By now it should be apparent that I have a certain weakness for staring at graphs of infrequently used words and savoring the peculiar text snippets that Google provides. In the present case, however, this peculiar habit is not without a certain justification. Mendelssohn, after all, began his answer to the question “What is enlightenment?” not, as Kant did, by defining the term, but instead with a claim about language use and, in the second paragraph of his answer, he offers the following suggestion about the relationship between language usage and concepts formation. Here’s how the 1800 translation renders it:
Common usage, however, although it apparently tends to establish a distinction between these nearly synonimous words, has not yet had time to fix the boundaries of each.
By the time Mendelssohn got around to answering the question “What is enlightenment?” he had been thinking about the relationship between words and concepts for close to three decades.4
As early as 1756 he included a discussion of the origin of language in the commentary he appended to his translation of Rousseau Discourse on the Origins of Inequality.5 Three years later he wrote an extensive review of Johann David Michaelis’s prize-winning response to the Berlin Academy’s question for 1759, “What is the reciprocal influence of the opinions of a people on language and of language on opinions?” for Nicolai’s Letters Concerning the Latest Literature and at about the same period wrote a manuscript on the development of language and its relation to thought.6
Mendelssohn maintained that progress in reasoning both fosters and is made possible by the development of “arbitrary signs” that allow for more complex and subtle understandings of relationships than is possible through the use of either “natural signs” (which are the direct effect of natural causes, for example smoke as a sign of fire) or “imitative signs” (sounds that mimic natural objects, either through verbal interjections or hieroglyphics). “The more men develop themselves [sich bilden],” he argued, “the more logical and abstract their ideas become, the more withdrawn their language is from the sensual expression of nature” (6/2:11). The possession of signs that are no longer tied to the materiality of objects fosters a process of abstraction and comparison that is “enlightening” (6/2:11).
Nowhere is Mendelssohn’s conviction that there is an intimate relationship between the development of language and the clarification of concepts more evident than in his discussions on the development of moral philosophy. At the start of Jerusalem, he observed that the “ingenious errors” of Thomas Hobbes — like those of Spinoza in the area of metaphysics — prompted efforts to clarify the relationship between right, duty, power, and obligation. The fruits of those efforts at clarification “have become so intimately fused with our language” that today the refutation of Hobbes “seems to be a matter of common sense” that is accomplished “by language itself” (8:106). It was this conviction that the development of conceptual distinctions was bound up with the development of language goes a long way to explaining why he argued, in his essay on enlightenment,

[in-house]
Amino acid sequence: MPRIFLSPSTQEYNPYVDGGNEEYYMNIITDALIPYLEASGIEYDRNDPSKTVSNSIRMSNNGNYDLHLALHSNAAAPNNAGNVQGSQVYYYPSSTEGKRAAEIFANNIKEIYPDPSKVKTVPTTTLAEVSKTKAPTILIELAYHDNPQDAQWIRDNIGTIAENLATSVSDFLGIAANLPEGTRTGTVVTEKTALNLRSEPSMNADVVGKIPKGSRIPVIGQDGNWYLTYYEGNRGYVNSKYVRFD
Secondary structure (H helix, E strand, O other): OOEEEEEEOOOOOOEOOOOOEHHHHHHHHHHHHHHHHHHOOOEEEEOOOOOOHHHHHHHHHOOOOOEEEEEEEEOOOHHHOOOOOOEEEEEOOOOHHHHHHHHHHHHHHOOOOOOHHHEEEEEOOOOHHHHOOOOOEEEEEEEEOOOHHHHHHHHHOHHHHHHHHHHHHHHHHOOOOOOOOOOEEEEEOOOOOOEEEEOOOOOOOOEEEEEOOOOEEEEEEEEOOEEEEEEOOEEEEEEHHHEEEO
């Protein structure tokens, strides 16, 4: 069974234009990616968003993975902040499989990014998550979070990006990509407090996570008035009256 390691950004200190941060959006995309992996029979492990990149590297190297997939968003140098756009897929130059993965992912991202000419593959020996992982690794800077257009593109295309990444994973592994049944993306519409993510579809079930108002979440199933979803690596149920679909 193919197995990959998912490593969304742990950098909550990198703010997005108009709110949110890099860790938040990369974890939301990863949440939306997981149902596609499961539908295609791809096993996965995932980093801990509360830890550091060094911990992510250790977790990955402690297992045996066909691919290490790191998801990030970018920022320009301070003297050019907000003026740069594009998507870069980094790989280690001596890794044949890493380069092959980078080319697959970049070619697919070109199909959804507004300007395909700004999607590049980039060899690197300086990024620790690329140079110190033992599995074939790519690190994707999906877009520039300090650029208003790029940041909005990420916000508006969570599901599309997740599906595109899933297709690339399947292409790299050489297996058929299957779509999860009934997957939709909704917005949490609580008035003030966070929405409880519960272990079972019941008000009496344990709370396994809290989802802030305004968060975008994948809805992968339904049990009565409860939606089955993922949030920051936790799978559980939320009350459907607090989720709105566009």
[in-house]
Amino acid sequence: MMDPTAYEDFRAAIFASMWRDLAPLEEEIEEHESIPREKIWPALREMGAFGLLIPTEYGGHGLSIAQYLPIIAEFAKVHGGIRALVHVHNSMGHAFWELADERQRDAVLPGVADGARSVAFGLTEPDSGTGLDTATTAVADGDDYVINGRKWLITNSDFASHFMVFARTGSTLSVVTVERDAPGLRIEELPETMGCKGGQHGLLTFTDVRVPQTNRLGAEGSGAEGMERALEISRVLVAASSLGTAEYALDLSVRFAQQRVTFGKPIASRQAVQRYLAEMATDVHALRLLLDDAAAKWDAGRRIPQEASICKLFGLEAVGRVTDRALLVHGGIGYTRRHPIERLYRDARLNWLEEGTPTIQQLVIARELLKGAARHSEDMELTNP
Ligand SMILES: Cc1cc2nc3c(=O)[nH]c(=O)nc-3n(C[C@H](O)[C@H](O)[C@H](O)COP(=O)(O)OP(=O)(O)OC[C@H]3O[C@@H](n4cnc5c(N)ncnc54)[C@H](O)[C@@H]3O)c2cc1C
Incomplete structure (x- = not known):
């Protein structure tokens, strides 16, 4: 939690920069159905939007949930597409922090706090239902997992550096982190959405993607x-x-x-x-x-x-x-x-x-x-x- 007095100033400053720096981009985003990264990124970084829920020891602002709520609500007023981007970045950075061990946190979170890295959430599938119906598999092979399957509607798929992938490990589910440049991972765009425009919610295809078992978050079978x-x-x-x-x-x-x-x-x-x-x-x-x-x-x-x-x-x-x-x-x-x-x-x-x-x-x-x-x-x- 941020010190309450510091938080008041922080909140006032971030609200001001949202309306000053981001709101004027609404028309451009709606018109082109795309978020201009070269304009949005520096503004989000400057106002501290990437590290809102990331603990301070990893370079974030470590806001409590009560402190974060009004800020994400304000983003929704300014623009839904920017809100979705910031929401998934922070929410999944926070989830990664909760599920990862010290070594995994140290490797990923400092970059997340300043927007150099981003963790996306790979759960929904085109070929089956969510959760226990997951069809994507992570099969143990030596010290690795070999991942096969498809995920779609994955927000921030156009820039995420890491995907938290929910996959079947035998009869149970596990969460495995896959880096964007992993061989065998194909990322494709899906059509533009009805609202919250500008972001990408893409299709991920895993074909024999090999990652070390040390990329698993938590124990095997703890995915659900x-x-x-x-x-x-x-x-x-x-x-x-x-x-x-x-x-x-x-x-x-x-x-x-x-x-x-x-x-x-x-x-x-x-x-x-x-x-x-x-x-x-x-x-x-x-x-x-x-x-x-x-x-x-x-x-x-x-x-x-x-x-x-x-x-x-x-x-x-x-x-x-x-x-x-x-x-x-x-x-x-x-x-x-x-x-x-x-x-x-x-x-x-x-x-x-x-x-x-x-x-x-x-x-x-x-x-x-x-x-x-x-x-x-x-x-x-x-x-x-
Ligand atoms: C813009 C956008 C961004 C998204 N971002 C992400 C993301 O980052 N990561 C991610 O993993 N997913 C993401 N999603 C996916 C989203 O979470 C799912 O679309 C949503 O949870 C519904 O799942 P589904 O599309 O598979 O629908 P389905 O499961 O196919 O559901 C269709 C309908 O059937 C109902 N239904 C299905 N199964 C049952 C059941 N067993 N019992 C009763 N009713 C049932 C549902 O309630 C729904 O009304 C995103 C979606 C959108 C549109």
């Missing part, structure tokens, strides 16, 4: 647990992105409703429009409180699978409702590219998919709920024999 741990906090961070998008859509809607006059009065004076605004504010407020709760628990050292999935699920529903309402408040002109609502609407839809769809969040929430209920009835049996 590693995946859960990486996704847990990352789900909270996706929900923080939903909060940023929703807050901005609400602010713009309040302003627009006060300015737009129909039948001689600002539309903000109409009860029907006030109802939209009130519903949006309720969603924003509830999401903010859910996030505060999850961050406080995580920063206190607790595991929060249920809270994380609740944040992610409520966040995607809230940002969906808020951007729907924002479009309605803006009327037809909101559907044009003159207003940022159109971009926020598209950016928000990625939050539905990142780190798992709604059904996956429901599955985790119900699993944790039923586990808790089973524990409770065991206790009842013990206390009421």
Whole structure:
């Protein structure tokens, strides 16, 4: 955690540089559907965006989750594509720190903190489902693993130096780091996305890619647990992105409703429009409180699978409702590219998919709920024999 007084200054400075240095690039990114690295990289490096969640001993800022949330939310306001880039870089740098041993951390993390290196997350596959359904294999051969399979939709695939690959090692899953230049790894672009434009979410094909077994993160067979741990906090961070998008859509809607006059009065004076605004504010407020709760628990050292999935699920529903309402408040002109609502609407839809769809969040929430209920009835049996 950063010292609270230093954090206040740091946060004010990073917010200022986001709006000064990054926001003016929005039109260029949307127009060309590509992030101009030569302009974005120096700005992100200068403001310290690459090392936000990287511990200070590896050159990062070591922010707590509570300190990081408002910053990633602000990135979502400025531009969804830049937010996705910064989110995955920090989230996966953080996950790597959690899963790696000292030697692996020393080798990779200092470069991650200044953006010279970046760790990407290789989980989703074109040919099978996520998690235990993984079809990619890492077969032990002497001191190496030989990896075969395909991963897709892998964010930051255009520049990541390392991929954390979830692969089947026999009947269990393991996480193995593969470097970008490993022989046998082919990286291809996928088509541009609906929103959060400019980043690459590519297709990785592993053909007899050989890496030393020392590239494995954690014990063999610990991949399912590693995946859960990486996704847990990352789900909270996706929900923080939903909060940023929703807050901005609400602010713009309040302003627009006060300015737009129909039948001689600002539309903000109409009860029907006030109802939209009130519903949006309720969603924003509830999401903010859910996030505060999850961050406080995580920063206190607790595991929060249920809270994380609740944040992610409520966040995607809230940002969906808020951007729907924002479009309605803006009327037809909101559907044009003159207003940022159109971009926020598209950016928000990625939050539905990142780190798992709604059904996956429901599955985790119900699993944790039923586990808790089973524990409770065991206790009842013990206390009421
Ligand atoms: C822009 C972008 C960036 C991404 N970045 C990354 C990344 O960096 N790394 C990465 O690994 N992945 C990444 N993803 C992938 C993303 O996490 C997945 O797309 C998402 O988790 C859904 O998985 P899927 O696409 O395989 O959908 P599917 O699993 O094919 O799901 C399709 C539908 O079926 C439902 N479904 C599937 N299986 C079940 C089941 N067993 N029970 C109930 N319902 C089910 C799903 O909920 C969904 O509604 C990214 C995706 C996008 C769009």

A language becomes enlightened by means of the sciences, and it becomes cultivated or polished by means of social converse, poetry, and eloquence. By the former it becomes more adapted to objects of theory, and by the latter to those of practice. Both together give a language that quality which is denominated civilization [Bildung].
I have, once again, quoted from the 1800 translation. But when I was doing my translation of Mendelssohn’s article, it never have occurred to me to translate Bildung as “civilization.” I suspect that this tells us something about the difference between the world in which Dahlstrom, Koegeler, and I live and that of our nineteenth-century predecessor. I will discuss that in the second part of this post.
In the meantime, for those who might be interested in reading the German Museum‘s translation, I have posted a copy of it here.
- See Hans-Herbert Koegeler, “Reason, Tradition, and Critique: Mendelssohn’s Essay on Enlightenment,” Public Culture 6 (1993): 201–217, James Schmidt, ed., What Is Enlightenment?: Eighteenth-Century Answers and Twentieth-Century Questions (Berkeley: University of California Press, 1996), and Moses Mendelssohn, Philosophical Writings, ed. Daniel O. Dahlstrom (Cambridge: Cambridge University Press, 1997). ↩
- Moses Mendelsohn [sic]. “On Enlightening the Mind,” German Museum II (1800) 39-42 ↩
- Bayard Quincy Morgan and A. R. Hohlfeld, editors, German Literature in British Magazines 1750-1860 (Madison, Wisconsin: University of Wisconsin Press, 1949). ↩
- I’m much indebted to Leah Hochman’s discussion of these matters in her 1999 doctoral dissertation Sign, Art, and Ritual: Aspects of Moses Mendelssohn’s Theory of Language (Boston University). ↩
- Mendelssohn, “Sendschreiben an den Herrn Magister Lessing in Leipzig”, Gesammelte Schriften Jubiläumsausgabe 2:107-9 ↩
- The review of Michaelis appeared in Literaturbriefe 72-5 (December 1759); see Mendelssohn, Gesammelte Schriften Jubiläumsausgabe 5/1:105-118. For the essays on language from the same period see “Über die Sprache” and “Notizen zu Ursprung der Sprach” in Mendelssohn, Gesammelte Schriften Jubiläumsausgabe 6/1:3-28 ↩